What makes an entrepreneur?

Recent research by Innovate UK and YouGov asked 18-30 year olds that were not in employment, education or training about their attitudes to innovation and entrepreneurship. One of many findings suggested that young people have problems with the word ‘entrepreneur’ and only 8% of those interviewed said they would describe themselves as ‘entrepreneurial’.

This got me thinking about the images conjured up by the word ‘entrepreneur’ and why young ‘disadvantaged’ young people might distance themselves from that image.

I think mass media has a lot to answer for here. TV programmes (or ‘shows’ as Lord Sugar once described his) like The Apprentice and, to a lesser extent, Dragon’s Den have long since given up on pretending to reflect real business and typical business people – no doubt in the scramble for viewing figures and the need to edit hours of filming down to a few handpicked moments of high drama, however contrived they may appear in the final cut.

The confrontational format of both those TV programmes probably does nothing to encourage more thoughtful and less gobby would-be entrepreneurs to consider starting their own businesses. This may also explain why 82% of those young people that YouGov consulted viewed the business sector as ‘difficult to access’ (whatever that really means).

But I also think the contrasting portrayal of entrepreneurs – as super-cool, edgy, risk-takers – is equally unhelpful. I assume this portrayal is intended to make entrepreneurship more attractive to younger people, but giving entrepreneurs super-hero qualities can also be off-putting if you’re perfectly capable but low on self-confidence.

Maybe the potentially confusing terminology is also to blame. I’m not sure I could clearly describe the difference between an innovator, an inventor, and an entrepreneur. And that’s just in a business context; as far as I’m concerned all three individuals might have no plans to invest their particular talents in setting up a business, but still aspire to make a difference and change the world.

There are any number of articles defining ‘what makes an entrepreneur’. A Google search with this question gets you 30.7m results and I myself have written about this in the past, in relation to ‘social entrepreneurs’ in particular. There’s a mind-boggling array of arguments about whether entrepreneurship is about having the right mindset, relevant practical skills, or suitable character traits – in reality it’s probably a mix of all those elements.

Sometimes I work in the Entrepreneurial Spark incubator in Milton Keynes – a business start-up-and-grow facility (‘powered by NatWest’ it says on the publicity) and there I’ve seen a large poster with E-Spark’s interpretation of what it means to be a successful entrepreneur. The poster’s list of 22 ingredients in their recipe for success [with my own commentary in brackets] are below:

I focus, focus, focus [yes – procrastination and being all over the place is rarely helpful]

I re-imagine daily [whatever that means… could it be about constantly monitoring progress?]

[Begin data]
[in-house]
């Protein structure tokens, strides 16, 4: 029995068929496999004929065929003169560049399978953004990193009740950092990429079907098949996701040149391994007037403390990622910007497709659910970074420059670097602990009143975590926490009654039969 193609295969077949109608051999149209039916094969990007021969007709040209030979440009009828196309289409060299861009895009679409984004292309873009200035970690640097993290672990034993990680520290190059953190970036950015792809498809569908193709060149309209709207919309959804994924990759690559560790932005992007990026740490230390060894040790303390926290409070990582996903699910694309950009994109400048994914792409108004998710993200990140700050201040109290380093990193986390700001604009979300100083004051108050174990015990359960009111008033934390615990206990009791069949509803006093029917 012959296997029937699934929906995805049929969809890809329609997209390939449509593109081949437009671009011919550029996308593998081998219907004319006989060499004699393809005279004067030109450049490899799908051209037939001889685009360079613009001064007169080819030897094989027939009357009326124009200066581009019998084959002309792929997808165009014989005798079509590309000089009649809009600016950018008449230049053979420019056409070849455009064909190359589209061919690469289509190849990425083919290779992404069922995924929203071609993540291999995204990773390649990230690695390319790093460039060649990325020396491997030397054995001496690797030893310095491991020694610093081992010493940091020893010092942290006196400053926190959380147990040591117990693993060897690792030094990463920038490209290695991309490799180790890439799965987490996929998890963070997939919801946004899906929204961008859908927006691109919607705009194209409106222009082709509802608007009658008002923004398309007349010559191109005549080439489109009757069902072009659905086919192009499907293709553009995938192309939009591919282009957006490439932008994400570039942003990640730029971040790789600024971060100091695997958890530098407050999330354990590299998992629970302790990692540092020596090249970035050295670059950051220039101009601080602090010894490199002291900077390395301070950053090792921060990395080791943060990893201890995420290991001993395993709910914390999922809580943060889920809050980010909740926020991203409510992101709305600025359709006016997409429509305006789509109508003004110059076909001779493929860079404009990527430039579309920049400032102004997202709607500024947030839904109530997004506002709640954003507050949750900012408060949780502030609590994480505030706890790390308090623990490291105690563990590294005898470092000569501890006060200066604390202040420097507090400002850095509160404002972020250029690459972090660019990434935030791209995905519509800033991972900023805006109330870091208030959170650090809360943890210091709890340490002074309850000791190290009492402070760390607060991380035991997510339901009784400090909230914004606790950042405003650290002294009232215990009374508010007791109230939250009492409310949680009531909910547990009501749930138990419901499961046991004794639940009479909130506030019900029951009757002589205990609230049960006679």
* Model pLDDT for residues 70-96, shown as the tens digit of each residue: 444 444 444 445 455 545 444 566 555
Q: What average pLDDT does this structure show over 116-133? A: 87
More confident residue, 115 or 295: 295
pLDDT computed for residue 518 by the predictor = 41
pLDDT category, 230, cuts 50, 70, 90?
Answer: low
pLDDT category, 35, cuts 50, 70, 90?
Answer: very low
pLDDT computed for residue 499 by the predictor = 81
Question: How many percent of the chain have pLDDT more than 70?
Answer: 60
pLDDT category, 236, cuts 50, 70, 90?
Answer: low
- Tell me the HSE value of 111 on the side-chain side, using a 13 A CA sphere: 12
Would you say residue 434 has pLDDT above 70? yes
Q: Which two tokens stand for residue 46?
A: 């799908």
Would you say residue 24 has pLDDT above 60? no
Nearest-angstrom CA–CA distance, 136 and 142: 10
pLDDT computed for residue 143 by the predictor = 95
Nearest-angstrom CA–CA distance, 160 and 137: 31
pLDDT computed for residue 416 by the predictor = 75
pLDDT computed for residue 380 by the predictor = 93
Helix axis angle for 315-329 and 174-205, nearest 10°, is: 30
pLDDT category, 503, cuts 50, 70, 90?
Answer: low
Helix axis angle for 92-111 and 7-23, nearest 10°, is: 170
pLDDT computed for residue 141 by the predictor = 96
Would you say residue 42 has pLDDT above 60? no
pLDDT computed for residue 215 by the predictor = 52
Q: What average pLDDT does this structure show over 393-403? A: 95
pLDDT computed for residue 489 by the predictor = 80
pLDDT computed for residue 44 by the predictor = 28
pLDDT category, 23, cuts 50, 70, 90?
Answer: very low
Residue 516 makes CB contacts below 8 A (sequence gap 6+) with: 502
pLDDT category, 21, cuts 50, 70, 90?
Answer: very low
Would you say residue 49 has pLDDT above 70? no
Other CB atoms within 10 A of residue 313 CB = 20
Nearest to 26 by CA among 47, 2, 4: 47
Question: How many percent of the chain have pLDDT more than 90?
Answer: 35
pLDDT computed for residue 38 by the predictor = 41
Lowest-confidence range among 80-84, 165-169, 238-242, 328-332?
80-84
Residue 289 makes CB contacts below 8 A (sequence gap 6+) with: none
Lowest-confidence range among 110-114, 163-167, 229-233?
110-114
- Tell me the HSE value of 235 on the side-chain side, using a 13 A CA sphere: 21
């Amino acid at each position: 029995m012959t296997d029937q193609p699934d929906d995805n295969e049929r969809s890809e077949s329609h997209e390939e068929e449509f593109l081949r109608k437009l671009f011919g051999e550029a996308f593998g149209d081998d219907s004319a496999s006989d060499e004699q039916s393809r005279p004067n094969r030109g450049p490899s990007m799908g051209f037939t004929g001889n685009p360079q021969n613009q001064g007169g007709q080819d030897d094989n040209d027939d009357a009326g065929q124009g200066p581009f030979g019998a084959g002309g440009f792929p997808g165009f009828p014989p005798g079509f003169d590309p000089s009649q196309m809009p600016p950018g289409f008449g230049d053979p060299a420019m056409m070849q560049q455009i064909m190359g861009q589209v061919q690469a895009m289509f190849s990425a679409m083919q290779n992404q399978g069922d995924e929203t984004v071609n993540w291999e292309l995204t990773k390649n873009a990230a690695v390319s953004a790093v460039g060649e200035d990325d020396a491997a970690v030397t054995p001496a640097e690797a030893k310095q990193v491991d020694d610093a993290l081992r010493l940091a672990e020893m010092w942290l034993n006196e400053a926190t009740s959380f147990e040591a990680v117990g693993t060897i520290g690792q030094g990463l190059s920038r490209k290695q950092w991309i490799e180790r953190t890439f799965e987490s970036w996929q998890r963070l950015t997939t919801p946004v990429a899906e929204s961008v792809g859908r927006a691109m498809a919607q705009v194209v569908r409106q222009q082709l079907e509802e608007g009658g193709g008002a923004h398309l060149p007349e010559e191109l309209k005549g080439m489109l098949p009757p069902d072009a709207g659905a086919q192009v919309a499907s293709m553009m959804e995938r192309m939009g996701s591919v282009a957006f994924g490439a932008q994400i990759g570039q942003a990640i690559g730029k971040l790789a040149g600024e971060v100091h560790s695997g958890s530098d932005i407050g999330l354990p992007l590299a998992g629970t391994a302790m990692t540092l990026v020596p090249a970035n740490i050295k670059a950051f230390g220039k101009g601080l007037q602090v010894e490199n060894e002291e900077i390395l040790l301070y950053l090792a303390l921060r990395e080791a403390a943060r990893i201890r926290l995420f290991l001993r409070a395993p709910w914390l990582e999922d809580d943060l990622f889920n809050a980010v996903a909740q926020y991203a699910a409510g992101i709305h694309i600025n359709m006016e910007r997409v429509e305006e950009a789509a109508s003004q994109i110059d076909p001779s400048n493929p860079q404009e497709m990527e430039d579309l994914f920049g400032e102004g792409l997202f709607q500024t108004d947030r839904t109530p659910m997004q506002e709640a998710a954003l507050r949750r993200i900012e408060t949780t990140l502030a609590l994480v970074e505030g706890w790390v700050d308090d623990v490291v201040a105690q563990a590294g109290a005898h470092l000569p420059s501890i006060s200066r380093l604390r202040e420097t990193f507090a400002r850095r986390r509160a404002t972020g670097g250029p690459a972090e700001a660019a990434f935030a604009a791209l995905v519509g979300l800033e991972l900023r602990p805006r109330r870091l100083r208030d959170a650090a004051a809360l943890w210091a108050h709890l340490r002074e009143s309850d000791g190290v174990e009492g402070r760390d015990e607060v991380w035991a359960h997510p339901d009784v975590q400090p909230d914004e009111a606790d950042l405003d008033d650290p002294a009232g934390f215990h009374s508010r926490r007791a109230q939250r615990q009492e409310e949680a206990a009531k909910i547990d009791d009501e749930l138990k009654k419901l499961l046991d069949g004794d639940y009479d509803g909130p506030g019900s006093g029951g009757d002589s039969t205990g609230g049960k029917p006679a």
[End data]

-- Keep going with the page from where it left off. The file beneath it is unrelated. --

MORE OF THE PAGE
Outcomes rule my day [being effective as opposed to efficient (which is about outputs) makes sense – ‘results-focused’ is another way of putting this]

I am self-aware ALWAYS [if this means knowing what you’re not good at, knowing your limits and how to plug the gaps, that a good thing]

I know my numbers [yes – whether you like or loathe them, you need to understand figures]

I engage my customers [Engage is one of my red-rag words because it’s so vague – so is this ingredient]

I am constantly curious [although they say the best entrepreneurs are not too bright – so they don’t always think about what could go wrong and focus instead on the destination]

My business has vision [I suppose as long as your vision and that of the business are complementary…]

I am humbly confident [yep – I think that strikes about the right balance]

I inspire my team to excel [leading by example is clever, leading from behind is even smarter]

Uncomfortable? I’m comfortable with that [the ability to take yourself out of your much-talked-about comfort zone is an essential requirement when starting a business – be prepared to do it]

I love to collaborate [yes – I believe collaboration (rather than competition) is the future for businesses that matter]

I am aware… Always on [I hope this doesn’t mean you never switch off from being an entrepreneur – that is not a healthy habit]

I make decisions intuitively [gut feeling is important for some people and, if you’re wrong, they also say ‘fail early, fail fast’ to make you feel better about your mistakes]

I take action – ALWAYS [cue old joke – I used to be indecisive, but now I’m not so sure]

I am constantly selling and pitching [interestingly there’s a current backlash against pitching. And a tip – don’t sell and pitch to your friends and family]

I wake up ready to communicate [as long as this doesn’t keep you or your partner awake at night!]

I have a lean work ethic [makes sense for some businesses – particularly those with low start-up costs, as does the concept of a ‘minimal viable product’]

I develop a relevant network [love or loathe networking, it can get you further faster]

I value working with mentors [never stop learning and never think you know it all]

I am opportunity hungry [I think this means being able to spot opportunities and take them]

The buck stops with me [exciting and scary – as is much of ‘going it alone’ in business]

Further reading:

Slowing the spin about social entrepreneurs https://enterpriseessentials.wordpress.com/2013/12/21/slowing-the-spin-about-social-entrepreneurs

Age and social entrepreneurship https://enterpriseessentials.wordpress.com/2015/04/08/age-and-social-entrepreneurship

Has pitching had its day? https://www.theguardian.com/commentisfree/2017/dec/15/the-apprentice-pitch-pitching-productive?

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